Aspiring Authors

In today’s Journal

* Quote of the Day
* Welcome and Back to 10
* Topic: Aspiring Authors
* Of Interest

Quote of the Day

“Aspiring authors, get this through your head. Cover art serves one purpose, and one purpose only, to get potential customers interested long enough to pick up the book to read the back cover blurb. In the internet age that means the thumb nail image needs to be interesting enough to click on. That’s what covers are for.” Larry Correia

Welcome and Back to 10

Welcome to laider7. I hope you find the Journal useful. Glad to have you aboard.

I switched the publication time back to 10 a.m. Adding that hour takes off pressure I don’t need. I should have known this would happen. I tried sending the Journal out earlier before.

Topic: Aspiring Authors

This has almost nothing to do with the Quote of the Day above other than the title. Larry Correia was trying to emphasize both the importance and unimportance of covers. They should grab the reader’s attention; they should not attempt to tell the story of the novel.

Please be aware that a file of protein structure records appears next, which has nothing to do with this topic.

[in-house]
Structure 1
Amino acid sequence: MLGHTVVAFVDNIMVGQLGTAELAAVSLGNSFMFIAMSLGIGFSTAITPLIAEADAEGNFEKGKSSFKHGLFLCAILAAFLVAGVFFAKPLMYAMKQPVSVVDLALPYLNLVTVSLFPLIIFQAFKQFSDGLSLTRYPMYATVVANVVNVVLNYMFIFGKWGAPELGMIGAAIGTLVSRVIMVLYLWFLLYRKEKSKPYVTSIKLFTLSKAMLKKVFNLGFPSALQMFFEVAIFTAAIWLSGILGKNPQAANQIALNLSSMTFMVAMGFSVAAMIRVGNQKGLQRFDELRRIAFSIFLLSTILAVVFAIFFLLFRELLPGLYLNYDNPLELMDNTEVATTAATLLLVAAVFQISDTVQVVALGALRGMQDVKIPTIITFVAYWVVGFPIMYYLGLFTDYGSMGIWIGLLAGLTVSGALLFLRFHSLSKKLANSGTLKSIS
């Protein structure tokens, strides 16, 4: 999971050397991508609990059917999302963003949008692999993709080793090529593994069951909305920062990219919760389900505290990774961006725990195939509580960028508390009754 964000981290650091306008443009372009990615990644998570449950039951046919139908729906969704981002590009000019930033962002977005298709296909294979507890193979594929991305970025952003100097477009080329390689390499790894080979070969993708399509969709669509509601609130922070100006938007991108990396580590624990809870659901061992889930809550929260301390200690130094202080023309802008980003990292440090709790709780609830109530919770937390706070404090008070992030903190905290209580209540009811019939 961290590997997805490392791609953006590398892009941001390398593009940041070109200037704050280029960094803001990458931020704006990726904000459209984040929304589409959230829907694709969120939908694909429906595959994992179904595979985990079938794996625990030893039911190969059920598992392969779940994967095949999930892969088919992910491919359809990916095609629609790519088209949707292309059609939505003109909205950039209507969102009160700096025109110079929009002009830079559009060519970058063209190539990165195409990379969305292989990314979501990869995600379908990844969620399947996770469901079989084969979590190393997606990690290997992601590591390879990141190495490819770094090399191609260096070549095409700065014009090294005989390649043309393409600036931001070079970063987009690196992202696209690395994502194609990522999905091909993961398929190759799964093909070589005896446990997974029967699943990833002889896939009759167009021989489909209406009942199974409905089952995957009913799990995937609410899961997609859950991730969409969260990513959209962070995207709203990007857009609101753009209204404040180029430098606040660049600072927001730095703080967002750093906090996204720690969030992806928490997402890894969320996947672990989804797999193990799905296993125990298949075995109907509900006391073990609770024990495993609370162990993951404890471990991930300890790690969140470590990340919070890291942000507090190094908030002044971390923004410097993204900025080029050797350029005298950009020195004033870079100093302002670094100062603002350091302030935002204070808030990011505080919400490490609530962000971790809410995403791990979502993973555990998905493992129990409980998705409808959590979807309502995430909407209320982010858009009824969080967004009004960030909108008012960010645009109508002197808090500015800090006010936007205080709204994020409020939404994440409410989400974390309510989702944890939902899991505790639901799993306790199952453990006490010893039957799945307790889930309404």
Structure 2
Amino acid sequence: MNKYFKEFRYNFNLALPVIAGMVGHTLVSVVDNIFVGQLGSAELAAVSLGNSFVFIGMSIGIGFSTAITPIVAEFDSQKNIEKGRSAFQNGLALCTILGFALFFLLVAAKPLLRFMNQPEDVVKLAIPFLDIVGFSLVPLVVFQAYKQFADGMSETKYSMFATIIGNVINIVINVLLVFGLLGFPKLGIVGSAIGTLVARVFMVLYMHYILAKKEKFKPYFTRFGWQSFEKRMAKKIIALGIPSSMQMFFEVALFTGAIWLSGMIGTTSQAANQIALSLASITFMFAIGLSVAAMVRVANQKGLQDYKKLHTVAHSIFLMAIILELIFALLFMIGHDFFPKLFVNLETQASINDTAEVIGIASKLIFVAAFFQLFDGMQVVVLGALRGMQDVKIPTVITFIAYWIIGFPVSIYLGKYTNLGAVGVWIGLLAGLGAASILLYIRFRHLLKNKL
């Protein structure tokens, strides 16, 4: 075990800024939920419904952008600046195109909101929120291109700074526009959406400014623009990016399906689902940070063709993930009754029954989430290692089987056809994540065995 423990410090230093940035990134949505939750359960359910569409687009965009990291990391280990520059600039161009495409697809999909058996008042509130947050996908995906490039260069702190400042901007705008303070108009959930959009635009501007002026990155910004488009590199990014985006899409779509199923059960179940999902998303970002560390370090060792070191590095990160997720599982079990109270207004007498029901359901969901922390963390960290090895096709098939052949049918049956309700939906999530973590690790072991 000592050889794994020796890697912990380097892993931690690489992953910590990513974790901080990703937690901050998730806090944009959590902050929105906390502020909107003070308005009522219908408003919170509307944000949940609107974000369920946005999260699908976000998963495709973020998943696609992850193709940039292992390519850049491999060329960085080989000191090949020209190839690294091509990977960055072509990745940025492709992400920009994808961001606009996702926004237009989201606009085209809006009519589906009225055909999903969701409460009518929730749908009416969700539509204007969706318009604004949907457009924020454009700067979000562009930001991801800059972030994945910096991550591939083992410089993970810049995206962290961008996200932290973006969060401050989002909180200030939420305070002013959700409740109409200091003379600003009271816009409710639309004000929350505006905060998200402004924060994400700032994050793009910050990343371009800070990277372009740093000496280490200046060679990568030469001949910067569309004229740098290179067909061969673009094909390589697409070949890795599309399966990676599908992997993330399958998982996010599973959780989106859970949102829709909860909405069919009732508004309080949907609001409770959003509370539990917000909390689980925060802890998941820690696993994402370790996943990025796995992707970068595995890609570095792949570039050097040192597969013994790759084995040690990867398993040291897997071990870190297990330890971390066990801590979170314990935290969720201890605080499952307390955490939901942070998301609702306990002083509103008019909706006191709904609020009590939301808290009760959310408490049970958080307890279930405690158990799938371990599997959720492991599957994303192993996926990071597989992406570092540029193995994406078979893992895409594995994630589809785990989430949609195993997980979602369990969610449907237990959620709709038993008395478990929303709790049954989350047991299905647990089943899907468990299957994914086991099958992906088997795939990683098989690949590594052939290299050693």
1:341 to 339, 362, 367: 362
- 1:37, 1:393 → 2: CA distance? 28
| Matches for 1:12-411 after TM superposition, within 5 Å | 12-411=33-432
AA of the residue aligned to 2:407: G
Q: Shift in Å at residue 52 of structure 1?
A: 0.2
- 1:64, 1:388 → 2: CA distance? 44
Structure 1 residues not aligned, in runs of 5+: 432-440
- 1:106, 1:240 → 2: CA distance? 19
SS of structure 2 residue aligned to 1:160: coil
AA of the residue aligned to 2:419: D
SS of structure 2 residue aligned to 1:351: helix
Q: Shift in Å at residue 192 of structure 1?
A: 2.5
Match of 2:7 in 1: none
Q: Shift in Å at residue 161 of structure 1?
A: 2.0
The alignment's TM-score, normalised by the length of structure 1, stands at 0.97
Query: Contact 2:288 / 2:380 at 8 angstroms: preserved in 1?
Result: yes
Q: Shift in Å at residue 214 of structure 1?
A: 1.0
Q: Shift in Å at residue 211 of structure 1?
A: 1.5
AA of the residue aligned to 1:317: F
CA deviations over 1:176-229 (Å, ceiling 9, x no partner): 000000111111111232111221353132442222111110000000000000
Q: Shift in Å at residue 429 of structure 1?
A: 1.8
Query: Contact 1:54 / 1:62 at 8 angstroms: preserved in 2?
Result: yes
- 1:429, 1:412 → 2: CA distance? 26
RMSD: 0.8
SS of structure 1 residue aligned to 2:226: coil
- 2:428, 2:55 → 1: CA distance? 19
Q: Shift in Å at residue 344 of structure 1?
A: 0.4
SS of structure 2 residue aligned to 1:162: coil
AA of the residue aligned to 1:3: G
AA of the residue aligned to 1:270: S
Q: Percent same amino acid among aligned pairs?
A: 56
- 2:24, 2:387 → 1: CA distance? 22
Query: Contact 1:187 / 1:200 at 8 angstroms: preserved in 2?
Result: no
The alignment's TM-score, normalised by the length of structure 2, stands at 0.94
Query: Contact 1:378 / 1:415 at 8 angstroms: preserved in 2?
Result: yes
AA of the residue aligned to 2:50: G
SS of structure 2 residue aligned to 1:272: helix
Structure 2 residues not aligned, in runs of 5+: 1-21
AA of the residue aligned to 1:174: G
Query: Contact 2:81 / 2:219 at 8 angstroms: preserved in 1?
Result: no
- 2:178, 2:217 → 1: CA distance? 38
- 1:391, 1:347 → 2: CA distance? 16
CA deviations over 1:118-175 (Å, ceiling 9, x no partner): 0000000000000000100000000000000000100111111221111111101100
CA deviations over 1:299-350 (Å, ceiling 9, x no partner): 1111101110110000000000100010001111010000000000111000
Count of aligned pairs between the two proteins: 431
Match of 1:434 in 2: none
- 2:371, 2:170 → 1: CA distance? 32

But the phrase “aspiring authors” set off something inside me. Here it is:

First, “aspiring authors” is a misnomor. In reality, these folks come in two distinctive flavors: writers and authors. The difference? Writers want to write. Authors want to bask in the glory of Having Written. (Actually, I could end the post here.)

Writers just want to tell stories. Most of them have heard of Heinlein’s Rules, and most of them happily adhere to Rules 1-3, though they often have trouble following Rule 4, the one that says you have to put what you’ve written on the market.

[Commence writer whining] It takes time to submit stories to traditional markets. And if you indie publish, it takes time to find cover art, design a cover, write a promo doc, and physically click the mouse the requisite number of stupid times to upload the stupid manuscript to your stupid ebook aggregator.